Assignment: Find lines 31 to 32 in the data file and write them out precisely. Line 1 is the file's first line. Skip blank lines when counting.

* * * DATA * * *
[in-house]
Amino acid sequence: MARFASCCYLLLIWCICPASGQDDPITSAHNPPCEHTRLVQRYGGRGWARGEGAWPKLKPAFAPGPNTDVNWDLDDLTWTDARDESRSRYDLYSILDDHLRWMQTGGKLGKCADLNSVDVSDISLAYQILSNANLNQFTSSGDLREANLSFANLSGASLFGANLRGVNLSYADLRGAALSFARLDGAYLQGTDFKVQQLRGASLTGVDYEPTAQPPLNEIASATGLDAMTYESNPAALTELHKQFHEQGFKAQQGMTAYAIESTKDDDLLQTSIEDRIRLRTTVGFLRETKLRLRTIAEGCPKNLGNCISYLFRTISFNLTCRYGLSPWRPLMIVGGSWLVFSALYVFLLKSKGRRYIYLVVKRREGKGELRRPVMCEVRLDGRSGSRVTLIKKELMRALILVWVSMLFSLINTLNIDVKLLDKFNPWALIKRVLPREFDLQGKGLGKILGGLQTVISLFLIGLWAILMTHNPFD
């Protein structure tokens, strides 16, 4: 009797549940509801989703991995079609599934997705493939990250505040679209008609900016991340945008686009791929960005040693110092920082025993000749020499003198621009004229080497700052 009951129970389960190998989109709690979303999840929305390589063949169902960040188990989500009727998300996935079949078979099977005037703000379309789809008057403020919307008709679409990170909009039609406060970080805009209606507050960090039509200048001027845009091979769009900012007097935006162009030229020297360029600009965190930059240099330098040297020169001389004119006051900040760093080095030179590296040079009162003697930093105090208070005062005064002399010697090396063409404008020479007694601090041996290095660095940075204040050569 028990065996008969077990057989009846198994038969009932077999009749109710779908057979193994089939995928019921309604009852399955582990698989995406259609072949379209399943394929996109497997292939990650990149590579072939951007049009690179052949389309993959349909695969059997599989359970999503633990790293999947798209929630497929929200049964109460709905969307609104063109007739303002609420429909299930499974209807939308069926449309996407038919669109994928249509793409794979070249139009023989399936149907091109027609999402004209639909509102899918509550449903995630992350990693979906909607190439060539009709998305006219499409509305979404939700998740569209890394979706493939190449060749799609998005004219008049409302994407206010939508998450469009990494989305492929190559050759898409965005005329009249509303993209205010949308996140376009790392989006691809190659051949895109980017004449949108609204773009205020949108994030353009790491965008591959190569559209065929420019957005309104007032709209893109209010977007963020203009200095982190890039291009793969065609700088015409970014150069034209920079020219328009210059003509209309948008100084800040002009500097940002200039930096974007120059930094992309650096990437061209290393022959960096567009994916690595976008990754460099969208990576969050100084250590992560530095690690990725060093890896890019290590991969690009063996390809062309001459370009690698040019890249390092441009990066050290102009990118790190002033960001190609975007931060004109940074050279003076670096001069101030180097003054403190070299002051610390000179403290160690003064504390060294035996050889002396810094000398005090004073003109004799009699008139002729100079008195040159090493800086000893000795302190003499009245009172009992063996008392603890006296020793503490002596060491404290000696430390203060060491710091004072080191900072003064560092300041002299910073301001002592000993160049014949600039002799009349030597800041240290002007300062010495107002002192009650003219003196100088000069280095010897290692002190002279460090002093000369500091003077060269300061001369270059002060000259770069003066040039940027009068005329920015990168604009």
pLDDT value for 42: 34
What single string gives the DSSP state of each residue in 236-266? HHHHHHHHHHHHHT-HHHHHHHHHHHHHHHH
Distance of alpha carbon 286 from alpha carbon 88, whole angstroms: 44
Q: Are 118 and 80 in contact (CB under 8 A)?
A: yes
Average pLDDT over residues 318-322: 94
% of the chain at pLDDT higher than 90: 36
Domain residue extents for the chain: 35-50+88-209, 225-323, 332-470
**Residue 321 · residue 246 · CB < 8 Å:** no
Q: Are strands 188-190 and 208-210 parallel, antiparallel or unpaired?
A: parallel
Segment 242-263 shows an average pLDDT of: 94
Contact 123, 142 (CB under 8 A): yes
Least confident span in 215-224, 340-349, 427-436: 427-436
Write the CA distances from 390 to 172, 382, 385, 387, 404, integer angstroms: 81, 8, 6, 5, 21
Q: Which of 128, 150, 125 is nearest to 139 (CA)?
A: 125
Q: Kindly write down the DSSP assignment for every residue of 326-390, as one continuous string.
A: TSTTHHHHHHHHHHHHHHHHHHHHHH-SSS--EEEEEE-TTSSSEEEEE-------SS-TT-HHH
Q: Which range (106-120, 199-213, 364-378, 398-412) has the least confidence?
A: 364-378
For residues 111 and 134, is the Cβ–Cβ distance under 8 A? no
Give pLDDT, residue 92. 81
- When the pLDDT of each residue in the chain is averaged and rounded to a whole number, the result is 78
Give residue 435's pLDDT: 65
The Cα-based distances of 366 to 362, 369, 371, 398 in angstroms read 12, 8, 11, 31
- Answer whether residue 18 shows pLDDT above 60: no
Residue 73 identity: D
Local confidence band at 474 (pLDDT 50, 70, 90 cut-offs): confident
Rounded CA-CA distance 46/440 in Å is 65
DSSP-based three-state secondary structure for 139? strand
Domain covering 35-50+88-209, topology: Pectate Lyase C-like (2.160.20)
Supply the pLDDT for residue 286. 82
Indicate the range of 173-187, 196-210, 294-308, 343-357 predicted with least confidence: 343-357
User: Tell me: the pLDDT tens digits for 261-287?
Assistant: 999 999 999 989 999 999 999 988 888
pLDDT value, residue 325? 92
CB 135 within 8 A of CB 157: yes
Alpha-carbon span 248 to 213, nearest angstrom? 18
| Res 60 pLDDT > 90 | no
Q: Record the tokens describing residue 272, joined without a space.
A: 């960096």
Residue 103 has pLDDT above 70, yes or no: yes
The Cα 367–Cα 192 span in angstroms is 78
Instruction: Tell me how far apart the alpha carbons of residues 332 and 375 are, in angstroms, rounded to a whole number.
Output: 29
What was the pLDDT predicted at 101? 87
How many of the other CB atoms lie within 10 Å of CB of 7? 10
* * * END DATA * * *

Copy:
Residue 73 identity: D
Local confidence band at 474 (pLDDT 50, 70, 90 cut-offs): confident